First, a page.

Perhaps you are one of those adventurers who like to explore the world in 80 days. From starry nights to desert picnics, the friendship has escalated to the next level and the only thing left to do is to make it official. Or maybe you came across Mr. or Ms. Right online and after a thousand chats and video encounters, you have decided to meet this person and explore the possibility of long-term commitment. You know this is the right thing to do and in spite your mother’s advice and pet’s abandonment looks, your search for happiness just went global.
Although romance can be charming, it’s also a good thing having your feet on the ground. In other words, there are legal issues that need to be considered if you want your fiancé(e) to come live with you. Does that involve paperwork? Unfortunately, yes. In spite of our best efforts to save the planet we aren’t 100% wireless yet. But there is good news. A Salt Lake City fiance visa attorney can handle all the legalities while you are free to pursue uninterrupted romance.
First things first
Your fiancé(e) is not your wife or husband yet even if you married abroad. He or she needs to apply to be admitted to the United States with some pretty strict laws you may not be familiar with. If there are children involved, the process becomes more complicated. Right now, your fiancé(e) and children 21 years of age or younger are granted a 45 day k-2 visa. This is plenty of time to get married in the United States.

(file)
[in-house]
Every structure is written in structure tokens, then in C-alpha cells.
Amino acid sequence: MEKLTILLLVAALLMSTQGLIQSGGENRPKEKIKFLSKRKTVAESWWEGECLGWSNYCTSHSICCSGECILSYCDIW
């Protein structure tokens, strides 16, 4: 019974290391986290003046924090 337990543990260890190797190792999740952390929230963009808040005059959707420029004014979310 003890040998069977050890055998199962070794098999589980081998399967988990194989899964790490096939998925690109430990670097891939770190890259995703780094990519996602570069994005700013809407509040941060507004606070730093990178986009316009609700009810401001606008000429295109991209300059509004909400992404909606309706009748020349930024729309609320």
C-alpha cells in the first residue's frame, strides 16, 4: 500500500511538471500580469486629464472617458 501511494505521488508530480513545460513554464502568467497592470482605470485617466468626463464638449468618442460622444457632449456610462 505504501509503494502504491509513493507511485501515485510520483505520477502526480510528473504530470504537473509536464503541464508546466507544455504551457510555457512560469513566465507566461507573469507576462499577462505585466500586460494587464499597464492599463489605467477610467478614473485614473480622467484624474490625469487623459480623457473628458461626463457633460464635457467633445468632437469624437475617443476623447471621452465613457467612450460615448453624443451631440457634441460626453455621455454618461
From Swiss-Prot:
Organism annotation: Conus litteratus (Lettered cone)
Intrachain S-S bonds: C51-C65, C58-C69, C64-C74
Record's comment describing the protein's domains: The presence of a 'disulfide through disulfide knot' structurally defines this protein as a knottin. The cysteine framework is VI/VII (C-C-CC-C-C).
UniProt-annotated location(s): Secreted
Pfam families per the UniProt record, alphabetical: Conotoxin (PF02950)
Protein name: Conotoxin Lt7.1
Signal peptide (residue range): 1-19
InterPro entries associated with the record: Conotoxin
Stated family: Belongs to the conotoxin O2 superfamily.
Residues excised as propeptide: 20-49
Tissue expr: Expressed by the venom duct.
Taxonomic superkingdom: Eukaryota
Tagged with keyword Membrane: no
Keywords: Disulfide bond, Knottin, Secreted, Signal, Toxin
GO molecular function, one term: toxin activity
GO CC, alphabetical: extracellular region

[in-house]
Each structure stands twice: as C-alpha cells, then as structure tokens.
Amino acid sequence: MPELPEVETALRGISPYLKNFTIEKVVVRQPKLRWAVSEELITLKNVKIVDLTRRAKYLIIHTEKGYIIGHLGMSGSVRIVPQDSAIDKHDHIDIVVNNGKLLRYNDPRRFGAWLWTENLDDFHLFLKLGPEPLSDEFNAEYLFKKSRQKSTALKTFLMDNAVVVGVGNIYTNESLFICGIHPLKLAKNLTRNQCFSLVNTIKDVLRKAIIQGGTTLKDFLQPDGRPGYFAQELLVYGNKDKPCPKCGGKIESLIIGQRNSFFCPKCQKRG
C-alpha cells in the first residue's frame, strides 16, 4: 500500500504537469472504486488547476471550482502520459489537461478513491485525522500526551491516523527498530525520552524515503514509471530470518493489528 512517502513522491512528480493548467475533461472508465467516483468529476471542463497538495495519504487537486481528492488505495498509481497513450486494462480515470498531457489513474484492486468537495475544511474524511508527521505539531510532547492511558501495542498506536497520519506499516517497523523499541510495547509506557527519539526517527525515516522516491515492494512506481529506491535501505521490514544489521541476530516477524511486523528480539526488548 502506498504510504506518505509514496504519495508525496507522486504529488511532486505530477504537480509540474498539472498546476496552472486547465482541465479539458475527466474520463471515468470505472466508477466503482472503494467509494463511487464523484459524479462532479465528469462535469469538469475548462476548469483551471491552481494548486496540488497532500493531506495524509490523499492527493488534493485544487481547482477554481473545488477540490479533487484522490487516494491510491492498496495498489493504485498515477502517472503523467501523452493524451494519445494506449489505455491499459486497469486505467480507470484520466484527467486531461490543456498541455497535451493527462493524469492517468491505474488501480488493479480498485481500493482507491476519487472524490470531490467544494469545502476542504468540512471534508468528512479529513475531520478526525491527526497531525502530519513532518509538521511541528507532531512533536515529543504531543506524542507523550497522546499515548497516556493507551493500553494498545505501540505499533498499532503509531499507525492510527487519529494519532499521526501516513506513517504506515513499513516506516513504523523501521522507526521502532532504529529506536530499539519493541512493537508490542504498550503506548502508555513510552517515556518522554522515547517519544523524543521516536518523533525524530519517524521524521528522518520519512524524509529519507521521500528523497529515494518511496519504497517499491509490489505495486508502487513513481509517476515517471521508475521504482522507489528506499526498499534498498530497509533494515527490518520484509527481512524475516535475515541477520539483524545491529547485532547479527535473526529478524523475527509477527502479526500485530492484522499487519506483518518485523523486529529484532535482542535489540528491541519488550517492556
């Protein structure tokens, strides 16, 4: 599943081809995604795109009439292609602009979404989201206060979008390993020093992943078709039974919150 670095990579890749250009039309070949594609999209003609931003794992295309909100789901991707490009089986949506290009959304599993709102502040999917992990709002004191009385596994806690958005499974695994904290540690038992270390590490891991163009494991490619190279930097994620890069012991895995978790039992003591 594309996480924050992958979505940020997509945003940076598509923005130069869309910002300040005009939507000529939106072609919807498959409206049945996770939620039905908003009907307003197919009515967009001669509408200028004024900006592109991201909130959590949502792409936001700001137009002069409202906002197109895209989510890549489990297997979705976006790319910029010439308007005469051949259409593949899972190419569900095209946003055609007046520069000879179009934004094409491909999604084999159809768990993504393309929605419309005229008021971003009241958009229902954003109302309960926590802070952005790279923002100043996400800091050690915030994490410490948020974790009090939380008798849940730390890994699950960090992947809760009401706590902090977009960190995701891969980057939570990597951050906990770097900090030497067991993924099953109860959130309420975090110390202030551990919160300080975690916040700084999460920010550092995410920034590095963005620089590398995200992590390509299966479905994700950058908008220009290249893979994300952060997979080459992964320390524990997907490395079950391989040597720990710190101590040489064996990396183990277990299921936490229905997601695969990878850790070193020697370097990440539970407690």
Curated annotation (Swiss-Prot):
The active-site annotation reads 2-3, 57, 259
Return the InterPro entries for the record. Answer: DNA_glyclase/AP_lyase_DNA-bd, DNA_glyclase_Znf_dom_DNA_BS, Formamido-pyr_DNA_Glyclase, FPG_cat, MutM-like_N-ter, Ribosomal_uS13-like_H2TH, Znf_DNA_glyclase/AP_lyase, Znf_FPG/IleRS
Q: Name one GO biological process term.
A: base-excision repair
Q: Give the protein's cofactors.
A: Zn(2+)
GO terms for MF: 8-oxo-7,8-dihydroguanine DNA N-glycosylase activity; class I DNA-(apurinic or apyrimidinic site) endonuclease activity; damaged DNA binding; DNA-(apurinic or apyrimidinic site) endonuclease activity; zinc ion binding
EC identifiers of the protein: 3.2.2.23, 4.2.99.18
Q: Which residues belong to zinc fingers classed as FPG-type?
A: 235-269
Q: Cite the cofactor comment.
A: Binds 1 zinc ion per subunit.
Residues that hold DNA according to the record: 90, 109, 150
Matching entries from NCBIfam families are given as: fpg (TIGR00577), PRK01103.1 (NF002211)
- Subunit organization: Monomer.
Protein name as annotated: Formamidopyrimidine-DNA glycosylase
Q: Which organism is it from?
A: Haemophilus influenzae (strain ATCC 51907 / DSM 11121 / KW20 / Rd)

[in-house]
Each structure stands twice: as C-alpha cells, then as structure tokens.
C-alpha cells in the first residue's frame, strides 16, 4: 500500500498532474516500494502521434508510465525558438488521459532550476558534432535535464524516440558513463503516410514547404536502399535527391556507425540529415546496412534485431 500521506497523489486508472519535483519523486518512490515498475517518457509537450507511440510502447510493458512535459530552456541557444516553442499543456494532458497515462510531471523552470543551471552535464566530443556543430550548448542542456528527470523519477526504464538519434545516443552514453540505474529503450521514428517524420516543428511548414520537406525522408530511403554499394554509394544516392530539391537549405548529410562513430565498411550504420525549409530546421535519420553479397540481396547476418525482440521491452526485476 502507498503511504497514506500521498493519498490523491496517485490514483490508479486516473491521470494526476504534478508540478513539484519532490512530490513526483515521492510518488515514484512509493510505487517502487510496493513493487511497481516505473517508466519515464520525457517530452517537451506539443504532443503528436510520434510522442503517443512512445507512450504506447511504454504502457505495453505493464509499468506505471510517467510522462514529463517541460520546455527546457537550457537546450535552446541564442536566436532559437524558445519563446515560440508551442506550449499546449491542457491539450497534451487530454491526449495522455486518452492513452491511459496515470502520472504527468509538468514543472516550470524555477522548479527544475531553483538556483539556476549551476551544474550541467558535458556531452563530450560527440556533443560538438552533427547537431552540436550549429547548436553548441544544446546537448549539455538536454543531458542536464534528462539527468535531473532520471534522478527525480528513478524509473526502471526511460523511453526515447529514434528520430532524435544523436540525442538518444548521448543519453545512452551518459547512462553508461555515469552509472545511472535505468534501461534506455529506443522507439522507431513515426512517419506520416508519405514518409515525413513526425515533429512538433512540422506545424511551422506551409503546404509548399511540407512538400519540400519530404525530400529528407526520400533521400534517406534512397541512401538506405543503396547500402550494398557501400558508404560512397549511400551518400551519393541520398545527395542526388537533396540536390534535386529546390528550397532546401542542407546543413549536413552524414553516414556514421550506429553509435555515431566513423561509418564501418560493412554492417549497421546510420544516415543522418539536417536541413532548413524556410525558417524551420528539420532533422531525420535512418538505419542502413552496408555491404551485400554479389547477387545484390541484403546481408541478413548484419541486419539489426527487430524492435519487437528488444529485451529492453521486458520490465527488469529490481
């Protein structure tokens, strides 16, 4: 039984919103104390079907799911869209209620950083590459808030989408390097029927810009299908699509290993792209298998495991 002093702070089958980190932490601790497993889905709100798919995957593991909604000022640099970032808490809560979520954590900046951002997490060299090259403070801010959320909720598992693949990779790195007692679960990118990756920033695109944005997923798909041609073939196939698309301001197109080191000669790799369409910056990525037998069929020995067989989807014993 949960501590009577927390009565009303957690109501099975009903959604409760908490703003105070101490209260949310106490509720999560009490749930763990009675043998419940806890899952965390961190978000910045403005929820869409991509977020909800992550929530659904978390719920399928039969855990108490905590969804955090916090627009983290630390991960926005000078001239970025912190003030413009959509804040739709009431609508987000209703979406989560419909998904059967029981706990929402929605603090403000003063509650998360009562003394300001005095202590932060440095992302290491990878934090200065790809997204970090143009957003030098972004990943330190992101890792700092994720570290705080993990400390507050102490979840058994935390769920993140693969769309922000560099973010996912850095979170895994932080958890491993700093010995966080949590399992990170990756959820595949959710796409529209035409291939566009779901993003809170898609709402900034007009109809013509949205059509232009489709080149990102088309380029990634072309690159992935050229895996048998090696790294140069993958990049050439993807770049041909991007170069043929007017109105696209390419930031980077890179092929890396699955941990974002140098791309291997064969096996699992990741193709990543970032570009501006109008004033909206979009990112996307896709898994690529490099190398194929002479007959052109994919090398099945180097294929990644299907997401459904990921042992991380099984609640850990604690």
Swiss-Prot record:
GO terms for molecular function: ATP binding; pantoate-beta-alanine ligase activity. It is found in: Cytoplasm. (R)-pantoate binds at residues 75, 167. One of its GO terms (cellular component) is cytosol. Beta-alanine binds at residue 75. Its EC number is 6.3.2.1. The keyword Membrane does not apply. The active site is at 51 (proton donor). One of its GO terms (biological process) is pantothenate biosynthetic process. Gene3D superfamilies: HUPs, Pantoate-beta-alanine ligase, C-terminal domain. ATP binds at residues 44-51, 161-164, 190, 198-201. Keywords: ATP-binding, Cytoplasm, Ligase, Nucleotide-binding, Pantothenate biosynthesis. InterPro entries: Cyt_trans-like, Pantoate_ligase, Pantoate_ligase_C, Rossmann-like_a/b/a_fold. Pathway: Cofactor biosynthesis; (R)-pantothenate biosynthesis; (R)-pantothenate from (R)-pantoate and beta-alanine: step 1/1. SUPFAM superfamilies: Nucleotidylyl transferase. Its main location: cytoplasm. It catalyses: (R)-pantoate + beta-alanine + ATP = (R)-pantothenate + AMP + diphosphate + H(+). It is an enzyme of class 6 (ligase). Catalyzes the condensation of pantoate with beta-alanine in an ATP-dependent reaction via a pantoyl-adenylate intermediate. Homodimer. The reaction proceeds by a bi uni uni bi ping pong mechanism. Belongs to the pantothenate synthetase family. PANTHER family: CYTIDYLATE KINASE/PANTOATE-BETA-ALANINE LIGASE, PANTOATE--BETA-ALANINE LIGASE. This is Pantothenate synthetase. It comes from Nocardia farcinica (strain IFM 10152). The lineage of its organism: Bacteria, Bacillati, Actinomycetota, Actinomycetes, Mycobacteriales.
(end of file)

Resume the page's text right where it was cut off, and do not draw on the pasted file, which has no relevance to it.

If you have met this person online, you must first visit him or her otherwise you won’t be able to bring him or her to the United States. You will have to provide documentation that you have already met. It’s common sense. How can you marry someone that you haven’t even met in person? Immigration authorities may get suspicious and think you are one of those criminals marrying foreigners for money. The more documents you provide to prove your relationship, the better. Some documents may include photos, airline tickets, hotel receipts, and so on. Just make sure your relationship is solid enough before you visit your potential bride or groom.
Bringing your spouse
If you are a United States citizen you have two options to bring your spouse:
- IR1 or CR1 – These are the immigrant visas available for the spouse of a U.S. citizen. You may also need Form I-130
- K-3 – This is nonimmigrant visa is issued in the country where you got married. This will allow the spouse to travel to the United States, marry the U.S. citizen and complete the immigration visa. Petitions I-130 and Form I-129 will also be required
Bringing your fiancé(e)
You may bring your fiancé(e) to the U.S. with the K-1. This is a nonimmigrant visa for the fiancé(e). You will also need the 129F fiancé(e) petition.
Your Salt Lake City fiance visa attorney
If you are a United States citizen who found happiness overseas and would love to make it more official by marrying the foreigner, contact Salt Lake City fiance visa attorney Gloria Cardenas and schedule your initial case evaluation.